A longtime approach of making bold — and sometimes head-scratching — moves has brought Jeff Bezos staggering success.
Joke all you want about drone-delivered kale and arugula. Amazon’s $13.4 billion bet to take on the $800 billion U.S. grocery business by acquiring Whole Foods fits perfectly into the retailer’s business model.
Unlike almost any other chief executive, Amazon’s founder, Jeff Bezos, has built his company by embracing risk, ignoring obvious moves and imagining what customers want next — even before they know it.
Key to that strategy is his approach to failure. While other companies dread making colossal mistakes, Bezos seems just not to care. Losing millions of dollars for some reason doesn’t sting. Only success counts. That breeds a fiercely experimental culture that is disrupting entertainment, technology and, especially, retail.
Bezos is one of the few chief executives who joke about how much money they’ve lost.
“I’ve made billions of dollars of failures,” Bezos said at a 2014 conference, adding that it would be like “a root canal with no anesthesia” if he listed them.
There was the Fire phone, for instance, which was touted as being crucial to Amazon’s future. It was one of the biggest bombs since New Coke. At one point, Amazon cut its price to 99 cents. That did not help.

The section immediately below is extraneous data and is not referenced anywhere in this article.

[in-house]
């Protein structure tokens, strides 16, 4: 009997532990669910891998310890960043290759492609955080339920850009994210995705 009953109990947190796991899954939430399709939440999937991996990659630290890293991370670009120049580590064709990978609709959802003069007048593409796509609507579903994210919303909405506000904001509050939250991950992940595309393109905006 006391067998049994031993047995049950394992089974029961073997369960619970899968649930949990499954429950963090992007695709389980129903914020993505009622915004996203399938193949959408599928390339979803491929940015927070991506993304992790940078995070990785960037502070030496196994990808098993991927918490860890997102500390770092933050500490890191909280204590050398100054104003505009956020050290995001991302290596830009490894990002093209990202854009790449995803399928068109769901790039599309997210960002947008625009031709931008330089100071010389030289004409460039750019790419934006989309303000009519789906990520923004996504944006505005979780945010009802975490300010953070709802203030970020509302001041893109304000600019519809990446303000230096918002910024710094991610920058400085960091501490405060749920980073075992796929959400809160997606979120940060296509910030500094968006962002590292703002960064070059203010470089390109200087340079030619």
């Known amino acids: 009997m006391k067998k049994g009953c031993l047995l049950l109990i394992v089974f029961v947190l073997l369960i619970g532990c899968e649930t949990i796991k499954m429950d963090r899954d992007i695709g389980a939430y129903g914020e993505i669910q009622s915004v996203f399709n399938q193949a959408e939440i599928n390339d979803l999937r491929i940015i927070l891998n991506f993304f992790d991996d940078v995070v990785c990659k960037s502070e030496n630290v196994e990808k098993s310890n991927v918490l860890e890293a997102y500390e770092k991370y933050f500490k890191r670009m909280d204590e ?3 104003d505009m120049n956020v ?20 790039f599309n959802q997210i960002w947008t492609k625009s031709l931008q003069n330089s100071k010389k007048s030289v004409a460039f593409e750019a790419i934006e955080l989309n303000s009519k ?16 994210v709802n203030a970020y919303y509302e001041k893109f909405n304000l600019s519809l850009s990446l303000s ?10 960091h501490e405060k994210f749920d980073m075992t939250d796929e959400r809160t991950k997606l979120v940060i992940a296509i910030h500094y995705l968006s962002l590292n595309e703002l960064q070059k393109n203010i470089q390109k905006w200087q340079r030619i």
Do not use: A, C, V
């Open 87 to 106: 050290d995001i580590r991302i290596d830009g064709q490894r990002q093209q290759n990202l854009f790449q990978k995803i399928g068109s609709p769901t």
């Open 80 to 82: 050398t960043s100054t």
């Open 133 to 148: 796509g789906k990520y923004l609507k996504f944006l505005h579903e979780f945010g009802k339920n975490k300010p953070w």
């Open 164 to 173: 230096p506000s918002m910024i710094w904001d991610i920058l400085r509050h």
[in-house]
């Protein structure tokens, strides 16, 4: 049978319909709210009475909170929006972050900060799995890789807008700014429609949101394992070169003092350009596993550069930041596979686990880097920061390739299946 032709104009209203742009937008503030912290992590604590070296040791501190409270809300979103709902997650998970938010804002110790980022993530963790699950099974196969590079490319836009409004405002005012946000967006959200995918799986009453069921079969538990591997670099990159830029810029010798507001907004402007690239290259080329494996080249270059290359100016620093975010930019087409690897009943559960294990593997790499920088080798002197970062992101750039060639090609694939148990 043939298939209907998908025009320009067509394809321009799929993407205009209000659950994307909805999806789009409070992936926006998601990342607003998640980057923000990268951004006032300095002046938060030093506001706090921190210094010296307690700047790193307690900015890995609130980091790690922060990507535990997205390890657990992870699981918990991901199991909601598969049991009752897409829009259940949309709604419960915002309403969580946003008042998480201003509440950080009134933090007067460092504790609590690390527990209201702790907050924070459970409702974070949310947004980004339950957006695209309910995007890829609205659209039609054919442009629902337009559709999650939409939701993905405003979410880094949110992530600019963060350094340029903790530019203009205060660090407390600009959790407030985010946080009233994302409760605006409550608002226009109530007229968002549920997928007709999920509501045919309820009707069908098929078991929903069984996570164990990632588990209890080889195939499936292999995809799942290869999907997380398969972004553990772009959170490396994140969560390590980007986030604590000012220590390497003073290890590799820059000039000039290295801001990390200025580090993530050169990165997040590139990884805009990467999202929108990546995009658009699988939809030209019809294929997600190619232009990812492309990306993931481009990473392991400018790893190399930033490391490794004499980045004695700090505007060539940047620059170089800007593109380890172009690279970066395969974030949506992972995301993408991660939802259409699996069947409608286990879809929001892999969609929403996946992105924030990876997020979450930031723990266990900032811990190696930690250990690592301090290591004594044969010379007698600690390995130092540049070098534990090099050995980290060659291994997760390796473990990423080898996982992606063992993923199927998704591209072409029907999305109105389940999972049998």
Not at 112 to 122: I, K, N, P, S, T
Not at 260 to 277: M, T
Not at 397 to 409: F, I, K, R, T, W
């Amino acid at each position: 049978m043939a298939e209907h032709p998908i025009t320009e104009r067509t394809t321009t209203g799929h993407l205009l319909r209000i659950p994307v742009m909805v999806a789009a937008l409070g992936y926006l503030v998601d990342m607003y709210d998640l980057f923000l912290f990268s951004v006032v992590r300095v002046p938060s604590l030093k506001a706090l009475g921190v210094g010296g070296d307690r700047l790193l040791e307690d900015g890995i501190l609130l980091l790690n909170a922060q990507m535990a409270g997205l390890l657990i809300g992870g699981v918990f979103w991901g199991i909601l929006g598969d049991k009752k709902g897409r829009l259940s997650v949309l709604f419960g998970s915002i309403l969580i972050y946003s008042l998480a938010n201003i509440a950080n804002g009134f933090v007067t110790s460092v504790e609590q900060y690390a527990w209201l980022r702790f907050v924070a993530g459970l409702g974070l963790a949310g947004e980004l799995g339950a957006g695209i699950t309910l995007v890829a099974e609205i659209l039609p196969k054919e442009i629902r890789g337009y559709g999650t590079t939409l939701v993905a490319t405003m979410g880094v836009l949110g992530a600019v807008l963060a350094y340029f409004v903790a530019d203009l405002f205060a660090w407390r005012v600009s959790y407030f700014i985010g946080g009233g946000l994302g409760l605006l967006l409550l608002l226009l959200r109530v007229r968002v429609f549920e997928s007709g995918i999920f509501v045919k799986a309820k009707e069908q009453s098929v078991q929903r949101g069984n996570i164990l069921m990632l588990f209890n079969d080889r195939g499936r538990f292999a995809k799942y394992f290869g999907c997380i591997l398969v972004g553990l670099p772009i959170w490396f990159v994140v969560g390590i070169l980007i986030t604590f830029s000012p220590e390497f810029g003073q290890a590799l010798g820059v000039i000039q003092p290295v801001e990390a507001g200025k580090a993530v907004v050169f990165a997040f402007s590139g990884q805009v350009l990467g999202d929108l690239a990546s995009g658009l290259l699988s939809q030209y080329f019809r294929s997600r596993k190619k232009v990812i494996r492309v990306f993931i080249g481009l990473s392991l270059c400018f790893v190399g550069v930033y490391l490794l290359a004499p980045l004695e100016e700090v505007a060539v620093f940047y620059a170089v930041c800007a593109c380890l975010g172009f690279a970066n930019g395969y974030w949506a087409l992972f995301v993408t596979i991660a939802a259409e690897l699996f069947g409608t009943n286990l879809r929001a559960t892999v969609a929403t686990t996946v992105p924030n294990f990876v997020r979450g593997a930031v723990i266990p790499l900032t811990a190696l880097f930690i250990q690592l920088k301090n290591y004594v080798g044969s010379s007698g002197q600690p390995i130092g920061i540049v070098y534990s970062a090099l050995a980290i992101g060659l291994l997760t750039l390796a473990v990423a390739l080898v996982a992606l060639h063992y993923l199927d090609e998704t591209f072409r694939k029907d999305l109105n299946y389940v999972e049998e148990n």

For any other company, this would have been a humiliating experience with severe repercussions. Wall Street did not blink, even when Amazon wrote off $170 million related to the device.
“If you’re going to take bold bets, they’re going to be experiments,” Bezos explained. “And if they’re experiments, you don’t know ahead of time if they’re going to work. Experiments are by their very nature prone to failure. But a few big successes compensate for dozens and dozens of things that didn’t work.”
It is an approach baked into the company since the beginning — and one that is difficult, if not impossible, for competitors to emulate. Consider how Amazon Web Services began as a small internal cloud-computing project to help Amazon’s core business. Then the company started selling excess cloud capacity to other companies.
Before Google and Microsoft realized it, Amazon had created a high-margin multibillion-dollar business that was encroaching on their turf. They are still struggling to catch up.
If the cloud-computing business just grew, Amazon Prime was a bold bet from the beginning, the equivalent of an all-you-can-eat buffet for shoppers: Pay an annual fee and all shipping costs for the year are covered. Amazon’s shipping expenses ballooned, but revenue soared so much that no one minded.
“When you have such a long-term perspective that you think in decades instead of quarters, it allows you to do things and take risks that other companies believe would not be in their best interests,” said Colin Sebastian, an analyst with the investment firm Robert W. Baird.
Almost going under
Amazon began, for those too young to remember, as a discount internet bookseller in 1995. In the headiness of the late-1990s dot-com boom, it became the symbol of how this new invention called the World Wide Web was going to change everything. Then, like many of the leading dot-com companies, it blew up. The world wasn’t quite ready for Amazon. It came very close to going under.
Bezos redoubled his focus on customers, largely closed the company off to the media and got to work doing some serious experiments. Amazon developed, for instance, the Kindle e-reader, which for a time seemed likely to kill off physical books entirely.